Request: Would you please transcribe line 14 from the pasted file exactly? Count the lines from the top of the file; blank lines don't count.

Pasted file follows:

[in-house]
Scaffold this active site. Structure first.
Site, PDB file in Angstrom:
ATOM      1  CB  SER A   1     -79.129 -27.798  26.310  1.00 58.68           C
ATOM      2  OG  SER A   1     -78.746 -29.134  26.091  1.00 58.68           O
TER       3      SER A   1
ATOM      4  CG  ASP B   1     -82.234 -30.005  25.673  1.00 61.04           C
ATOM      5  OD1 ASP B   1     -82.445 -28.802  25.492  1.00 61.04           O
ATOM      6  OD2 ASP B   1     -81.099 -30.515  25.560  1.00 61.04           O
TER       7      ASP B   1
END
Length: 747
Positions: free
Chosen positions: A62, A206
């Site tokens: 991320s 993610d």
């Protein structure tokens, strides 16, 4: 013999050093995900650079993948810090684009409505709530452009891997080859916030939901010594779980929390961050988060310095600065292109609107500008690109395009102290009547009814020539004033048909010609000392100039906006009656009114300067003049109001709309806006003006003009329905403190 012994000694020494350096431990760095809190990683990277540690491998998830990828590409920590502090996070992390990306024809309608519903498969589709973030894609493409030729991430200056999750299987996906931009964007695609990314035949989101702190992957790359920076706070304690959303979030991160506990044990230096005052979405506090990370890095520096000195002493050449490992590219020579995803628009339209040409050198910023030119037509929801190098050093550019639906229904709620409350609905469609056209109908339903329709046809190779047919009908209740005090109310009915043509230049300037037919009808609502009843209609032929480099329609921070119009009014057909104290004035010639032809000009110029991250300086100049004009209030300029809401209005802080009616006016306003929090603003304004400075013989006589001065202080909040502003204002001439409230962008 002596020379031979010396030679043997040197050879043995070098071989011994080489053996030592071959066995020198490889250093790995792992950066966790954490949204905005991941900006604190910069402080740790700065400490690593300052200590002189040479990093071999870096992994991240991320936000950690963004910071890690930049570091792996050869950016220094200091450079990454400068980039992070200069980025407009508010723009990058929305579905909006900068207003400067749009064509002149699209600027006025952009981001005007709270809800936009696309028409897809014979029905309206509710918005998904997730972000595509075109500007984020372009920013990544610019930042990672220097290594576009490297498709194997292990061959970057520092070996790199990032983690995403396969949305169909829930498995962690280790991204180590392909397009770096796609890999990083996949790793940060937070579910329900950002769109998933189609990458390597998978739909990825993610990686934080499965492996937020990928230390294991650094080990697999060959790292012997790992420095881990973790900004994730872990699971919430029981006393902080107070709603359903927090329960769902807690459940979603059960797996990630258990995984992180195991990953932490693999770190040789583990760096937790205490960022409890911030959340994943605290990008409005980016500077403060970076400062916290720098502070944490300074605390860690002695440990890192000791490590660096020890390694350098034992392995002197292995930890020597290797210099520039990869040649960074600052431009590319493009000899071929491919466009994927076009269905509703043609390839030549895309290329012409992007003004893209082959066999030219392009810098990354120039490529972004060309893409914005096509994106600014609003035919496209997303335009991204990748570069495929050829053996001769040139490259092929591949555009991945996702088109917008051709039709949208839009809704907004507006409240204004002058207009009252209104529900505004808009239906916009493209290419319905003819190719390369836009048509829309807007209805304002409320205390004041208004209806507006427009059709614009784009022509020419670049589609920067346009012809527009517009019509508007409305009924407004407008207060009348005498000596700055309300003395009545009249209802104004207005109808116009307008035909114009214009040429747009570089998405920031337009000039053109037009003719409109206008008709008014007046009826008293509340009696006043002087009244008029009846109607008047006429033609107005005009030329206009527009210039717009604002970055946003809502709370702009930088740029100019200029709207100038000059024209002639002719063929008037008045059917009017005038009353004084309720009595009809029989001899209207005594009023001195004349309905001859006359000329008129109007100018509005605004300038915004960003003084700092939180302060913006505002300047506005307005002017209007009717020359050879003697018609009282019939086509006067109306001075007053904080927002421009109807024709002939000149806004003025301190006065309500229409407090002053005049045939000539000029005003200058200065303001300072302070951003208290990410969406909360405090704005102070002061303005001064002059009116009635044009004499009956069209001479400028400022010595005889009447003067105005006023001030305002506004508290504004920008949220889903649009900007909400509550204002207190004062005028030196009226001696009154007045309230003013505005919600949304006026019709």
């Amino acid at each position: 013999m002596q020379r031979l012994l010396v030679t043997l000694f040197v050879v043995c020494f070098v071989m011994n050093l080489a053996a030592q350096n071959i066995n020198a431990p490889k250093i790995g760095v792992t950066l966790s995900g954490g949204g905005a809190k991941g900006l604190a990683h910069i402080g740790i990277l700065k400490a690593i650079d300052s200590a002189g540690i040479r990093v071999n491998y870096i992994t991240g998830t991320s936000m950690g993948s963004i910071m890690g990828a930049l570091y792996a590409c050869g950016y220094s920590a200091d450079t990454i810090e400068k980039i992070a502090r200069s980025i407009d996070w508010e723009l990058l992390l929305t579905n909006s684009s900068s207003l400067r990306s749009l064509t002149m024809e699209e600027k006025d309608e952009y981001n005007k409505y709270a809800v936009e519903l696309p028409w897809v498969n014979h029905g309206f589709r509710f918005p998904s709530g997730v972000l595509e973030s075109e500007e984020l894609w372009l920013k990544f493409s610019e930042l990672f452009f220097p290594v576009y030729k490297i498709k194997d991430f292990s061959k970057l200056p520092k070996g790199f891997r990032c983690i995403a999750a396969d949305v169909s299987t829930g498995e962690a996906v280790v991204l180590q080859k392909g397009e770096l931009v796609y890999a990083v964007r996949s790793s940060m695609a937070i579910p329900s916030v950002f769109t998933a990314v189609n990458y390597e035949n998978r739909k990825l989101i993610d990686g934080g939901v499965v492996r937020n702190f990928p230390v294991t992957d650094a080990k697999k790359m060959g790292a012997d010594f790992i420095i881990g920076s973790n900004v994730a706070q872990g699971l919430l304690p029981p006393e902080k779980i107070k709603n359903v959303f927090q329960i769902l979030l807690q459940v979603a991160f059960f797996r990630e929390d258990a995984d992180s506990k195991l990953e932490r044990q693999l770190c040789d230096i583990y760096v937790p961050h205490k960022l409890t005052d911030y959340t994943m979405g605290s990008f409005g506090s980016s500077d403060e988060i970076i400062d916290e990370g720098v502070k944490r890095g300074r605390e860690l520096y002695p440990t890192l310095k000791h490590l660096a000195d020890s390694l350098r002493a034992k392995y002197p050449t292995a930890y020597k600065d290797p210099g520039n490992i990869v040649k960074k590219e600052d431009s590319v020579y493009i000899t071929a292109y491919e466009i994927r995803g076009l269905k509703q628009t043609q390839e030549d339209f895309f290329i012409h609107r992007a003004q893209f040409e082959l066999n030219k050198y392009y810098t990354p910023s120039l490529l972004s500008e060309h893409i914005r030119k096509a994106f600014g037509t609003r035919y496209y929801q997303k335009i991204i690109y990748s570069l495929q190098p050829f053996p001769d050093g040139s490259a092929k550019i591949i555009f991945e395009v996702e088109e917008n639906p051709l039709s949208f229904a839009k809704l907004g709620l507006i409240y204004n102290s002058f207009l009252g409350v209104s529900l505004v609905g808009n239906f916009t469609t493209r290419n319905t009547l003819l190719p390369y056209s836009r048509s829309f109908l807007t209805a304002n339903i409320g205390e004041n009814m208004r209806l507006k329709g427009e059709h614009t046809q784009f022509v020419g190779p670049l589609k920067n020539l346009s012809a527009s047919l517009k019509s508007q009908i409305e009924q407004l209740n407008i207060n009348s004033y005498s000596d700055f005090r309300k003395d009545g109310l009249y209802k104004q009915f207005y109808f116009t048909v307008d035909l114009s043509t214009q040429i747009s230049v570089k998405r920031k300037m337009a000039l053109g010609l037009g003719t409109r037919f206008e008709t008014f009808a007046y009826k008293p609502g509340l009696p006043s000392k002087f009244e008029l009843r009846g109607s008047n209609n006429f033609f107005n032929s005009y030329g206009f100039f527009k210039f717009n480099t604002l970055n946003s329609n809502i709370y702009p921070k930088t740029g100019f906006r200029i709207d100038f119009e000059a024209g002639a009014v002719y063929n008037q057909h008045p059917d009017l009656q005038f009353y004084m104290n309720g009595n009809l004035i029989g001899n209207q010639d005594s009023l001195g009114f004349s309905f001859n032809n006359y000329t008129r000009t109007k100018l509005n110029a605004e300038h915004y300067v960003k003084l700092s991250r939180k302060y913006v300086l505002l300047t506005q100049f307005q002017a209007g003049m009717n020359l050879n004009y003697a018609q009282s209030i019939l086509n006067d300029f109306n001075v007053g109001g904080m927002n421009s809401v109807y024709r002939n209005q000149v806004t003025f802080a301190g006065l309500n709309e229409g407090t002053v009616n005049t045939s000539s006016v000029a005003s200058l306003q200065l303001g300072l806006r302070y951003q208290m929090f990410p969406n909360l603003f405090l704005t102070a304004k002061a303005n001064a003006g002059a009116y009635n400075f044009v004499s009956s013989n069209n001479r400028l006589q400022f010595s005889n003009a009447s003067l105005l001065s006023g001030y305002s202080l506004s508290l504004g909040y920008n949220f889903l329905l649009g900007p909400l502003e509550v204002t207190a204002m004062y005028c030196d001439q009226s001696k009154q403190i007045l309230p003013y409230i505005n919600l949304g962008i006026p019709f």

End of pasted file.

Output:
Chosen positions: A62, A206